As county Supervisor Bill Campbell enters his last few weeks in office, some of the remnants of his county staff are quietly finding their way into the county bureaucracy, raising questions about political patronage in a county known for its conservative approach toward public payrolls.
The latest transfers to attract attention include Campbell’s deputy chief of staff, Christine Compton, who is being offered a job in the county’s legislative affairs unit for a posting that had been vacant for years, and the potential move of Campbell’s chief of staff, Laura Cunningham.
The debate over political aides moving into the county bureaucracy is a longstanding one.
Many argue that political aides have a unique set of skills and are an asset for county agencies.
A former county aide, Alan Murphy, runs the county airport. Another, Steve Franks, runs county Community Resources. Mark Denny, himself a former Campbell chief of staff, runs Orange County Parks.
Yet there are widespread concerns that the county has become overpoliticized with too many political aides obtaining lucrative jobs within the bureaucracy with little accountability.
This summer’s arrest of county executive Carlos Bustamante for alleged sex crimes has led to an aggressive questioning by District Attorney Tony Rackauckas over how Bustamante, who was also a Santa Ana city councilman, could have so many inappropriate contacts with female employees he supervised.
In October, the Orange County Employees Association further raised the stakes by releasing numerous emails obtained through the state’s public records act showing that several political aides to members of the Board of Supervisors were apparently fast tracked for positions in the county bureaucracy.
The emails also presented troubling evidence that the county hiring process may have been gamed by aides, department heads and even fellow supervisors.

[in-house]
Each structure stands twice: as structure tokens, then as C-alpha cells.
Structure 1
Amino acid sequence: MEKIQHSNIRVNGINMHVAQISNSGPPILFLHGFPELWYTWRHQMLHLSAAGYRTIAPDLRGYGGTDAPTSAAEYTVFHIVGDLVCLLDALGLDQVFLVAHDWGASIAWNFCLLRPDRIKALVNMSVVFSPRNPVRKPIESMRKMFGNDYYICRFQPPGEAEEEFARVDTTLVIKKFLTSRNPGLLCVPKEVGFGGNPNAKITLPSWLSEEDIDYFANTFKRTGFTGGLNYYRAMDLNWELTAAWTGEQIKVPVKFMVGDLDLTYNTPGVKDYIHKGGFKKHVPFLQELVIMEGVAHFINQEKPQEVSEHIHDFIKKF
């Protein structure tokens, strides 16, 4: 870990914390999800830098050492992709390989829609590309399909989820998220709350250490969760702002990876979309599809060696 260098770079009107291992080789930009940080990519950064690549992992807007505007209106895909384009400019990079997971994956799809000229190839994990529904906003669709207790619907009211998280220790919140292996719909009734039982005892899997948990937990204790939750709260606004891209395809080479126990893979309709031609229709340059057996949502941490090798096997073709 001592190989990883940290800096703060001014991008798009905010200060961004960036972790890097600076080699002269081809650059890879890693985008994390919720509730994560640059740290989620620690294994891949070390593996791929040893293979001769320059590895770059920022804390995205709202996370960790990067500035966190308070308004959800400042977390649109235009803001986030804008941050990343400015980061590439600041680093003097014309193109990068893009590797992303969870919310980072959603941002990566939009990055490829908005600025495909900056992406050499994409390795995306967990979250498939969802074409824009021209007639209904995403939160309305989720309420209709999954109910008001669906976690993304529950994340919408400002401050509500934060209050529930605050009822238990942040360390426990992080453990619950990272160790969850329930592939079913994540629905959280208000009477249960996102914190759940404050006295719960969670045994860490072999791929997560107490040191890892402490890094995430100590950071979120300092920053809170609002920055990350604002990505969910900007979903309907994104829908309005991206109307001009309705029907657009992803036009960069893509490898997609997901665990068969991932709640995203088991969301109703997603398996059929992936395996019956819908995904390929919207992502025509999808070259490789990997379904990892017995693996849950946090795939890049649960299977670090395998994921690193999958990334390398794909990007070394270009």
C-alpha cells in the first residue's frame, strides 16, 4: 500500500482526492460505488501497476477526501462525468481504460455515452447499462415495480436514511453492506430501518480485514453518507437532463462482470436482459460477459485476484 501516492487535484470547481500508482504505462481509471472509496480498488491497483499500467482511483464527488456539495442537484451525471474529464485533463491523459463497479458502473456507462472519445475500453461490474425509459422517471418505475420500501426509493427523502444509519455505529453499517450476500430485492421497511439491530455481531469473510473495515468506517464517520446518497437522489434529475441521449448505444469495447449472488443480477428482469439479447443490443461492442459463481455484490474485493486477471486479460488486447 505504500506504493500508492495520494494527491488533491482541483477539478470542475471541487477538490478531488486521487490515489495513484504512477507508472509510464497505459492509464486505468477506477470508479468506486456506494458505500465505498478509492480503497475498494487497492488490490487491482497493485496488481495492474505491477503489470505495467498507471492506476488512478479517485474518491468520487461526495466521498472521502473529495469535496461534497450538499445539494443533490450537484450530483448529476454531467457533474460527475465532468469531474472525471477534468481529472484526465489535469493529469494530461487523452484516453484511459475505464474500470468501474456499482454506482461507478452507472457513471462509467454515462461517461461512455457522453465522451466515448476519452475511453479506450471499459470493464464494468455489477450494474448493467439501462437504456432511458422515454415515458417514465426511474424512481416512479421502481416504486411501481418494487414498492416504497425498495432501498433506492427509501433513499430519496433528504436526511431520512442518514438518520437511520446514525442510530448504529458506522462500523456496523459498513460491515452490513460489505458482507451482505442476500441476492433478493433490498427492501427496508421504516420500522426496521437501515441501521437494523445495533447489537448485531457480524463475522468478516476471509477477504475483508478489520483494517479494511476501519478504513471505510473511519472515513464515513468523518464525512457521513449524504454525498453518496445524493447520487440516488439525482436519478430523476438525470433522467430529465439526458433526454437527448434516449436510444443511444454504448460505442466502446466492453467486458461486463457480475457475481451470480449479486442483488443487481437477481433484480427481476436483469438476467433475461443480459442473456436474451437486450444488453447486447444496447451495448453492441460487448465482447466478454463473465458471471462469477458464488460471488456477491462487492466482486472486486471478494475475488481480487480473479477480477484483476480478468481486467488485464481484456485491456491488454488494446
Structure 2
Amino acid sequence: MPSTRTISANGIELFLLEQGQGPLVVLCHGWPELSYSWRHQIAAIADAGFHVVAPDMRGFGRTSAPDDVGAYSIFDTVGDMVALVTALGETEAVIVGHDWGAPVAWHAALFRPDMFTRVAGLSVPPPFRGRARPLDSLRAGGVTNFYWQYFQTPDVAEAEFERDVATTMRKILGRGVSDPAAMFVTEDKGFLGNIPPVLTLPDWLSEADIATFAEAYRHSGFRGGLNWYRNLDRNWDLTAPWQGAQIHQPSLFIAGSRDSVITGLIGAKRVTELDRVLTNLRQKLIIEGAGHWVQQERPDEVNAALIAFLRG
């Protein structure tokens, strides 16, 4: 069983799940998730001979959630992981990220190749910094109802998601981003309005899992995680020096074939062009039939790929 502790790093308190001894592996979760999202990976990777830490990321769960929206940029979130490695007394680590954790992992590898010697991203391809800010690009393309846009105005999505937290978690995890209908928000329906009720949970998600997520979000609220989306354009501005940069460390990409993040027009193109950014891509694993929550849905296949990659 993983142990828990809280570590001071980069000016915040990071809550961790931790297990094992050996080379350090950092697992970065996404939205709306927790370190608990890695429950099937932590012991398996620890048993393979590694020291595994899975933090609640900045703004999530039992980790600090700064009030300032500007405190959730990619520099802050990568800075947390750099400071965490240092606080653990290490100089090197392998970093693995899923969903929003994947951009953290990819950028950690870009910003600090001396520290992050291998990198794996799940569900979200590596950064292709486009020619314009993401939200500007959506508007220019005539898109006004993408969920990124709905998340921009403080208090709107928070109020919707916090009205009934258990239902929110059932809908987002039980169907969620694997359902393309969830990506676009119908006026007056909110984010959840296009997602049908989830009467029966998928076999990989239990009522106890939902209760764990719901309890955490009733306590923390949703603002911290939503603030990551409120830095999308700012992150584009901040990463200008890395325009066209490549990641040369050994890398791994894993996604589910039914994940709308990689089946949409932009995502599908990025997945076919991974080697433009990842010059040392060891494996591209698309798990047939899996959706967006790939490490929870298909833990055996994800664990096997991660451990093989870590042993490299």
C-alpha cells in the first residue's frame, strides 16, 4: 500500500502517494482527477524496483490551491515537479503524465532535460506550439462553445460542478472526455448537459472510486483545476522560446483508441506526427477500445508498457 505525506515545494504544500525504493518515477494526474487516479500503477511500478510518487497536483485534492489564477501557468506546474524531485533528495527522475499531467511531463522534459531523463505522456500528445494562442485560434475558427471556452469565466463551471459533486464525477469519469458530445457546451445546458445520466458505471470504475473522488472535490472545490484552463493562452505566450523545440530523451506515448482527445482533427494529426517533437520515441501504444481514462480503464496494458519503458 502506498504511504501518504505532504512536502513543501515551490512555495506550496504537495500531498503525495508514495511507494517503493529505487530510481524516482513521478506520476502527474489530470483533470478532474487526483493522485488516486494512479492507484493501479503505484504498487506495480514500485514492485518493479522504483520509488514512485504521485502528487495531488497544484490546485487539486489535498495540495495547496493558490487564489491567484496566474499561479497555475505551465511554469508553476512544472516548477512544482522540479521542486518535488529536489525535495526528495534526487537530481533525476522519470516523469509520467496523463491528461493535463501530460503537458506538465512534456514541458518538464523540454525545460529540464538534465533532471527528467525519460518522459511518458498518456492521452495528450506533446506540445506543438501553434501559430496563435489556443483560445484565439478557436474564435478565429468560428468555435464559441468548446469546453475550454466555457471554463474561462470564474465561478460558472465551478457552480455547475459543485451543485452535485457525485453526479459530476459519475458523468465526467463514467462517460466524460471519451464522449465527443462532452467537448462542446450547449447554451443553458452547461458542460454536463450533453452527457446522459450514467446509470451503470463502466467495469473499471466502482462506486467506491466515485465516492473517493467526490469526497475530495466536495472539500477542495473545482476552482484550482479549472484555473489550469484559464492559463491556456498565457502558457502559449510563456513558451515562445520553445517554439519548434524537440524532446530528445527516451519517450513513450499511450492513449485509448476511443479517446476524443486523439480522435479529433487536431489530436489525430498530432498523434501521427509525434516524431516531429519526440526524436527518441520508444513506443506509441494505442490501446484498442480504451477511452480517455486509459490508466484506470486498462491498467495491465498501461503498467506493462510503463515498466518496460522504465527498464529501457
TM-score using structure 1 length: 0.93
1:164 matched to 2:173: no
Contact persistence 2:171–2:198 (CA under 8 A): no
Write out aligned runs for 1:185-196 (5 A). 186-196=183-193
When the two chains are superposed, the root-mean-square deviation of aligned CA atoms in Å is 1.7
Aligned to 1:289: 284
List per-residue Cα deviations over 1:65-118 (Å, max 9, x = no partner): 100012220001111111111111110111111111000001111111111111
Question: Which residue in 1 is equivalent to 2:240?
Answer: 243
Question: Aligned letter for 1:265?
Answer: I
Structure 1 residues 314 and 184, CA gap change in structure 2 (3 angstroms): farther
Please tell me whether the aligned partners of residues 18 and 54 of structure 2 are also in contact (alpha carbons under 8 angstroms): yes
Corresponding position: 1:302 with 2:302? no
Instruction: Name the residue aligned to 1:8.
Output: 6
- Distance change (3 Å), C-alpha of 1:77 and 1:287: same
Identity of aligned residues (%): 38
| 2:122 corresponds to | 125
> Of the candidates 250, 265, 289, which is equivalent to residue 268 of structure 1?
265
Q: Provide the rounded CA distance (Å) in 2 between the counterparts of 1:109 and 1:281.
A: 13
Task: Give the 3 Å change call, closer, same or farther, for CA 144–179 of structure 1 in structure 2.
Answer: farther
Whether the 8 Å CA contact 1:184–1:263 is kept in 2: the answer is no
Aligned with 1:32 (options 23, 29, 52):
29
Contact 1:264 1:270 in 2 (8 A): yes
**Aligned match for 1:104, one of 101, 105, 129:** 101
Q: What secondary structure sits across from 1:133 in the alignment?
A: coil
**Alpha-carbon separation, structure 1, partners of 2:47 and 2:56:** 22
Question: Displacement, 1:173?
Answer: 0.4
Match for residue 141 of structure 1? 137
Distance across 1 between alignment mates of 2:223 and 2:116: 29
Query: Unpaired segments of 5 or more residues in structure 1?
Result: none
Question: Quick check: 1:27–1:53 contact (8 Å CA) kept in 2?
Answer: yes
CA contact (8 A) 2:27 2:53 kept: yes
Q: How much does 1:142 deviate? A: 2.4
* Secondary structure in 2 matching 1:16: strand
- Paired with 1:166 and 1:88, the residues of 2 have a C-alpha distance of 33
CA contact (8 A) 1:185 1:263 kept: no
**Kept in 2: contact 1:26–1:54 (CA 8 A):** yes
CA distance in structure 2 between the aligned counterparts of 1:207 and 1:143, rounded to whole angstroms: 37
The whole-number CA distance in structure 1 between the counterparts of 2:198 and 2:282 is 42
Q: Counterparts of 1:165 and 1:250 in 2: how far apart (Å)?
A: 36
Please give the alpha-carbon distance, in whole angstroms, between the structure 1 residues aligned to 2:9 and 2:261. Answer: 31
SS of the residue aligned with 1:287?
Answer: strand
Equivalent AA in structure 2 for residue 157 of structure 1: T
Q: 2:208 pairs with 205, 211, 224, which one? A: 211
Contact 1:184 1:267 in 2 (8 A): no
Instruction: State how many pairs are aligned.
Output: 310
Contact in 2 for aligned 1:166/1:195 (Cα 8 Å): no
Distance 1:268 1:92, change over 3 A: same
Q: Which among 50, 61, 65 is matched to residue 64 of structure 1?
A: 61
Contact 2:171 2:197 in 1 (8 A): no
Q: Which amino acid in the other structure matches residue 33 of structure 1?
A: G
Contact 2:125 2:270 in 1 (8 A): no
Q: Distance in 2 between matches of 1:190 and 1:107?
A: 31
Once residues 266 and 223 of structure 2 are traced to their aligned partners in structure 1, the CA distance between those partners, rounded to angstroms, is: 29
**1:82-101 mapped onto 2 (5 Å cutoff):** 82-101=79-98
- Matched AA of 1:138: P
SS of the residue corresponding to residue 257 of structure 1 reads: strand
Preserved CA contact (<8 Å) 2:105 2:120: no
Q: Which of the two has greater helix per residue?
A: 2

“The emails do raise concerns that we should address and clarify,” said board Chairman John Moorlach at the time of the release.
OCEA continues to fight county officials over the release of emails going back a decade regarding the transfers of former executive aides.
Campbell, who Tuesday morning was honored at a farewell reception at the county Hall of Administration, said the county is lucky to have someone with Compton’s experience and education (an MBA from USC and law degree from Loyola) and noting that she interned with him during his stint in the state legislature and then put in eight years on Campbell’s county staff.
Compton declined comment, saying she had not yet accepted the position, which pays up to $131,123 annually. Cunningham confirmed that she had applied for a job inside the county bureaucracy but referred all other questions to Campbell, who didn’t return a call.
Moorlach supported Compton’s potential move. “I think she’s really sharp [and] a really great addition to the legislative staff for the county,” he said.
Moorlach noted that he was “frustrated” over the county’s lack of effective legislative advocacy that resulted in the potential loss of $73 million in vehicle license fees last year, which has since triggered a state lawsuit against the county.
He sees Compton as key to re-energizing the county’s legislative advocacy program.
“There’s so much motion in Sacramento, and to have some eyes on that for the county is really critical,” Moorlach said.
Board Vice Chairman Shawn Nelson also doesn’t seem satisfied with the county’s legislative advocacy: “I think the entire legislative affairs department needs to be restructured.”
Though generally supportive of Compton’s appointment, Nelson said the public should always be skeptical.
“The real question is, are these honest and legitimate recruitments?” Nelson asked. “We need to have an understanding among all of us: There’s no crazy favors.”